A single full tank of bio-ethanol uses up as much grain as an adult can eat in a whole year. In order to cover the German requirement for biofuel, an arable area of around one million hectares would be needed. That is four times the size of the south-western German state of Saarland, which would need to be fertilized, treated with pesticides and intensively farmed. Environmental groups say that across Europe, farming for biofuels would create up to 56 million tons of additional greenhouse gases— an environmental crime they say must be stopped immediately.
Not everything that looks green serves the environment, says der Spiegel. German garbage doesn’t really get recycled, the plastic gets burned and they import more plastic to burn. Extreme efforts to save water is damaging the sewage systems beneath cities, and utilities are forced to pump hundreds of thousands of gallons of water through the system to keep it operating. This results in high water bills. The EU made a big deal about fine particulates, ordered people to put filters on their cars,( is that where the EPA got it?) but particulate counts are increasing. Germans don’t like CFL bulbs any more than we do.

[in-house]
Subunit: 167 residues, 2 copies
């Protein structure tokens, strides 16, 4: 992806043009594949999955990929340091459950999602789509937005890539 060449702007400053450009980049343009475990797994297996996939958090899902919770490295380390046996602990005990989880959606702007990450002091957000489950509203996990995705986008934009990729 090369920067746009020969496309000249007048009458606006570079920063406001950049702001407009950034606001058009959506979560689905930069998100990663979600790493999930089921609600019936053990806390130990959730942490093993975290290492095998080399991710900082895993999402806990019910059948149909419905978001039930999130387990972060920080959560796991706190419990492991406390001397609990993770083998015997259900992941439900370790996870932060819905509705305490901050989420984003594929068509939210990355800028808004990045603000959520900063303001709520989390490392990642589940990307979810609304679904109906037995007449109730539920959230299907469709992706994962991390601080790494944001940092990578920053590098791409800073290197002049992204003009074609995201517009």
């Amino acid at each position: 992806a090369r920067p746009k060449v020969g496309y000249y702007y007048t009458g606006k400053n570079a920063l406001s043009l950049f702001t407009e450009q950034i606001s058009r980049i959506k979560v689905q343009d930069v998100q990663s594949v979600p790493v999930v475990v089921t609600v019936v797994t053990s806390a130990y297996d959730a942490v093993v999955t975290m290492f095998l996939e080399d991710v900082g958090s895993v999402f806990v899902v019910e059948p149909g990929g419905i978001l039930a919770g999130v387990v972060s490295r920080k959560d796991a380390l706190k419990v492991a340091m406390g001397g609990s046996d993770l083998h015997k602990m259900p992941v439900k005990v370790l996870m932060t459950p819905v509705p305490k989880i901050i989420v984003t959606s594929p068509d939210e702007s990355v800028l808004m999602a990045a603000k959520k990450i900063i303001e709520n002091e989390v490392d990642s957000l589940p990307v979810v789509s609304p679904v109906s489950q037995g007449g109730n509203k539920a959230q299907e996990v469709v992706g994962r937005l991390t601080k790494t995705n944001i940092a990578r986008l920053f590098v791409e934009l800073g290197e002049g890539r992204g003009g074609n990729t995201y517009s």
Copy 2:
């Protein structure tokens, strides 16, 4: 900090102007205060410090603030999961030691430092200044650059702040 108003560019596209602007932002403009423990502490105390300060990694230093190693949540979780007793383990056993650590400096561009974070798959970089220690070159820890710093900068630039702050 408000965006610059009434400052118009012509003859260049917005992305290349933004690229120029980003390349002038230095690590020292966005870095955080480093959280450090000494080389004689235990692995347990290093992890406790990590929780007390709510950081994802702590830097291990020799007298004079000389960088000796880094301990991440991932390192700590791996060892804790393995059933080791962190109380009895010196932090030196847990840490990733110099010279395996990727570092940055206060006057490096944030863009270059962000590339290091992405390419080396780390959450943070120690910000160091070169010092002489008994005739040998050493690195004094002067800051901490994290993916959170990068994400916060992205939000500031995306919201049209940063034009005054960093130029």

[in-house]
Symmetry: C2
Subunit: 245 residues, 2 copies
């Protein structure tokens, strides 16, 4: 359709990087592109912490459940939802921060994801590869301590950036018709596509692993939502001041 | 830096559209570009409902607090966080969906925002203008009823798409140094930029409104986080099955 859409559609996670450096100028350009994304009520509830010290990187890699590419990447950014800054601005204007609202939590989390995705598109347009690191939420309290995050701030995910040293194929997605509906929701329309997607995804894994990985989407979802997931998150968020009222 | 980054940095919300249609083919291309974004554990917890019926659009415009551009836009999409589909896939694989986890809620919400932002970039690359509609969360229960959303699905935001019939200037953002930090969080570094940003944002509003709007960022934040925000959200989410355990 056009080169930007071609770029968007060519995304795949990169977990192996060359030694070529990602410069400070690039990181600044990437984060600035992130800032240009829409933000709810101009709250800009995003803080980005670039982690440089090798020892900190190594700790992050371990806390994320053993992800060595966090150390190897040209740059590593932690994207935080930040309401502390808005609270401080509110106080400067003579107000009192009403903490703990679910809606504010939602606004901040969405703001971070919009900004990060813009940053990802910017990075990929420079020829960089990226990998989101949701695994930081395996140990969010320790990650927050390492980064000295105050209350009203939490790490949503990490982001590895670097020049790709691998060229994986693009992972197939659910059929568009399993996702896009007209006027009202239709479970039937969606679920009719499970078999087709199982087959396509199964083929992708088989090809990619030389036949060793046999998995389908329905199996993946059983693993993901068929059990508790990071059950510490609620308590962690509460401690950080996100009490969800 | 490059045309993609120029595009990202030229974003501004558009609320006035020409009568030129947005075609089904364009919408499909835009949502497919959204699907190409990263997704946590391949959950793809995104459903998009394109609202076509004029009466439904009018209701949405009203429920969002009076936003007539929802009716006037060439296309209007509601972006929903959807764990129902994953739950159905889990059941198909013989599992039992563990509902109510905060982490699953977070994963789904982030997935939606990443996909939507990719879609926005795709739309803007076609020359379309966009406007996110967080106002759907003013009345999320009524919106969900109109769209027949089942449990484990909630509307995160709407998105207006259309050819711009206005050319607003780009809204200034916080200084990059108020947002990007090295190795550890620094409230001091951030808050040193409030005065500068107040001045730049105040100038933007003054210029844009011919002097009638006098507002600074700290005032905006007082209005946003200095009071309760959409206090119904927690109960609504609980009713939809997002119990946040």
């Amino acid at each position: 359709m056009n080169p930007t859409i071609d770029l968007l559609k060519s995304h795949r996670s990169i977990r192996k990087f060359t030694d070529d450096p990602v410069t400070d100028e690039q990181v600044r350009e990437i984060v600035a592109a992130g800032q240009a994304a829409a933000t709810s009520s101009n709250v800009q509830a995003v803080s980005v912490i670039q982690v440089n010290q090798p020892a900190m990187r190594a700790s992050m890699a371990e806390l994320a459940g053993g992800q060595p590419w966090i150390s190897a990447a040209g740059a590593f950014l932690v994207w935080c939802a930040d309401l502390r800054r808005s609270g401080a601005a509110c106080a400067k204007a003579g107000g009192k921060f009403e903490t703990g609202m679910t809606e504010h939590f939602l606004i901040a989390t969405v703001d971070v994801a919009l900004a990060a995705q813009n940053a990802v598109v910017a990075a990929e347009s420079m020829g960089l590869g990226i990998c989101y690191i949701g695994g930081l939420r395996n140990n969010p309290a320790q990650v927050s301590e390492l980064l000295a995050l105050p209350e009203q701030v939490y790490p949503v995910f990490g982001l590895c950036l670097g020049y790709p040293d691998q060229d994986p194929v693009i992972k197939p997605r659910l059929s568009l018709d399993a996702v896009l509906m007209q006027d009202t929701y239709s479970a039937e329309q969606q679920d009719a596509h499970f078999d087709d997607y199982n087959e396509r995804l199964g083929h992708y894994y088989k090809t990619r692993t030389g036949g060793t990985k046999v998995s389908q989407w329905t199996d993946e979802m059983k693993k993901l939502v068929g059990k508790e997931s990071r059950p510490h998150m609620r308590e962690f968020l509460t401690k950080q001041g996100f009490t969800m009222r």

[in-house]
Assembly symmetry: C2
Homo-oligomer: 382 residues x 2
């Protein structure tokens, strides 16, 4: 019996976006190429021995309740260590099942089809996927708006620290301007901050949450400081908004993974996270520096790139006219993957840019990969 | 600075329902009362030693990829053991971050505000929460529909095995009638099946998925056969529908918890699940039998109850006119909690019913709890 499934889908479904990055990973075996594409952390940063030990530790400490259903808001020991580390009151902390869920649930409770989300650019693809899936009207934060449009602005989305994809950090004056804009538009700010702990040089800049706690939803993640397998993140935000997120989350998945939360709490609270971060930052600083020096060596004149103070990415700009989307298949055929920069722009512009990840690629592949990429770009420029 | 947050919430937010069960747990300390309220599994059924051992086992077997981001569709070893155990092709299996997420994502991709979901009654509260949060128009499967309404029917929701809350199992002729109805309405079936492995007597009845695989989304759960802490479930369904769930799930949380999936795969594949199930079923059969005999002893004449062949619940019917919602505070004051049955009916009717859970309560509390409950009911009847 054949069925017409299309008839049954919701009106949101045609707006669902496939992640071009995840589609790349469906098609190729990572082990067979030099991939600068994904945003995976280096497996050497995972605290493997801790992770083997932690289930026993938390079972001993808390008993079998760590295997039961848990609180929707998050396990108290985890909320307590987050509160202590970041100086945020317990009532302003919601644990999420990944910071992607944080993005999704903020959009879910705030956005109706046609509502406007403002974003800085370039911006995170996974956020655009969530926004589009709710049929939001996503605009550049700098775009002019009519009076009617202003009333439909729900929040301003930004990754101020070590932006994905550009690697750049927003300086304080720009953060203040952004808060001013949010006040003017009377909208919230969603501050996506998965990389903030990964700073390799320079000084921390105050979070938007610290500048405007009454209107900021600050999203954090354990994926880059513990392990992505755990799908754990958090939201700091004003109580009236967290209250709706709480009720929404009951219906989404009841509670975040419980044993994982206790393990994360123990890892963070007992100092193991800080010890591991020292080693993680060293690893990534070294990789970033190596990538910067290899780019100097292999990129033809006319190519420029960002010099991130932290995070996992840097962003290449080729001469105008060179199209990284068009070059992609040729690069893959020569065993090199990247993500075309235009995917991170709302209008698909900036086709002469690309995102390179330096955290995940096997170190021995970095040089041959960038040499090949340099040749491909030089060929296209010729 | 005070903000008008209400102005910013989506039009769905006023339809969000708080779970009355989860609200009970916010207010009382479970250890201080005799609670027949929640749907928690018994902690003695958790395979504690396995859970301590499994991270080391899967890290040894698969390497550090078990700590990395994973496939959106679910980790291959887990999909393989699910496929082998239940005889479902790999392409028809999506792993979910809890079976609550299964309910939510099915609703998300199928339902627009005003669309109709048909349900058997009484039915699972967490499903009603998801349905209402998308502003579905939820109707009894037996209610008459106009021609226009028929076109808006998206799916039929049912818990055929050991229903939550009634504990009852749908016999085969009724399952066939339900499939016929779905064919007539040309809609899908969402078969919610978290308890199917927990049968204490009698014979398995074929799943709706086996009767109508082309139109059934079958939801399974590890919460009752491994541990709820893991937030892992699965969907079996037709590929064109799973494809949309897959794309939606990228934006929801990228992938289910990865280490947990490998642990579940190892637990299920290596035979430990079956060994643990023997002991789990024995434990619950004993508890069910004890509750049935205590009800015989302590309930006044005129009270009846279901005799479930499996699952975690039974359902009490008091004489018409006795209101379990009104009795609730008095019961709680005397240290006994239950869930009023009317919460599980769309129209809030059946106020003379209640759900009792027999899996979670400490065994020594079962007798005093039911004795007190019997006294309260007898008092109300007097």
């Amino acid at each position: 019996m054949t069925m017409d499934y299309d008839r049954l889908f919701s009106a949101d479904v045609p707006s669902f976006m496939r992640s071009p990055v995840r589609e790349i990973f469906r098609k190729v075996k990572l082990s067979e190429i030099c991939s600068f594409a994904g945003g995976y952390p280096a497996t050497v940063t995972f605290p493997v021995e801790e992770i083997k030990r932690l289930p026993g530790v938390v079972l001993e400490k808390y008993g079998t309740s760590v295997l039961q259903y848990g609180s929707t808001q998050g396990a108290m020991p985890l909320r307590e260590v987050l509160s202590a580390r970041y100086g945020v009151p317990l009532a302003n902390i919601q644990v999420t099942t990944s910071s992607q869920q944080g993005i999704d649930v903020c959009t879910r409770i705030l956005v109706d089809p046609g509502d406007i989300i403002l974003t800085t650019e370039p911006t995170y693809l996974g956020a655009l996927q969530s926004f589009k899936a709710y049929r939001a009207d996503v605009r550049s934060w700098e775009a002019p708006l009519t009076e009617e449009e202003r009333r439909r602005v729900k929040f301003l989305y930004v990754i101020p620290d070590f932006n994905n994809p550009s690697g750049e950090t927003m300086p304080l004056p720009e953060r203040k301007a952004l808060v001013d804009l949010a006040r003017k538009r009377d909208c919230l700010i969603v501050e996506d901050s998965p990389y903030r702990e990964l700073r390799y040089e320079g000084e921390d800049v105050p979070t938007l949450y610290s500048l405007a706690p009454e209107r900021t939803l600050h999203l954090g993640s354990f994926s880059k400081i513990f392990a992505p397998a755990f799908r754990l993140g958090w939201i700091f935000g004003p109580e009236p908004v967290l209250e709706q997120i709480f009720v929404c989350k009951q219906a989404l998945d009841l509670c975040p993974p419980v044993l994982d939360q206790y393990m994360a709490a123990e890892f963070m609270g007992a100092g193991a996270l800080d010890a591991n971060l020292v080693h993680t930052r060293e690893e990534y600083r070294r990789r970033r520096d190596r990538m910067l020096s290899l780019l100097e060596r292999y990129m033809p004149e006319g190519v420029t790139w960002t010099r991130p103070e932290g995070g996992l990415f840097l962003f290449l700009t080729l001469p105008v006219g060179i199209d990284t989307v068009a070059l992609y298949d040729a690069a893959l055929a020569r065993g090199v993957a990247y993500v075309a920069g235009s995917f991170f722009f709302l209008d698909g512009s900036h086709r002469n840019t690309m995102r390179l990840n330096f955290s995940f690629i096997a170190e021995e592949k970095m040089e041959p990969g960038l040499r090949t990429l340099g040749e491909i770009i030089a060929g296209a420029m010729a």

The treasured green dreams of environmentalists, as usual, do not take account of unintended consequences. Bright ideas turn out to be not so bright. Pellet stoves required to replace fireplaces, now require filters to be added. Major environmental initiatives aren’t just ineffective — they are counterproductive. No one is calculating whether all the billions invested in protecting the environment are actually being spent wisely. The experts have no interest in shedding light on the problems because it is their livelihood. It is far worse in the EU because the European Union is not accountable to the people. Most people want to treat the environment well. The heavy hand of a poorly informed government is not the best guide. Big Government simply doesn’t work.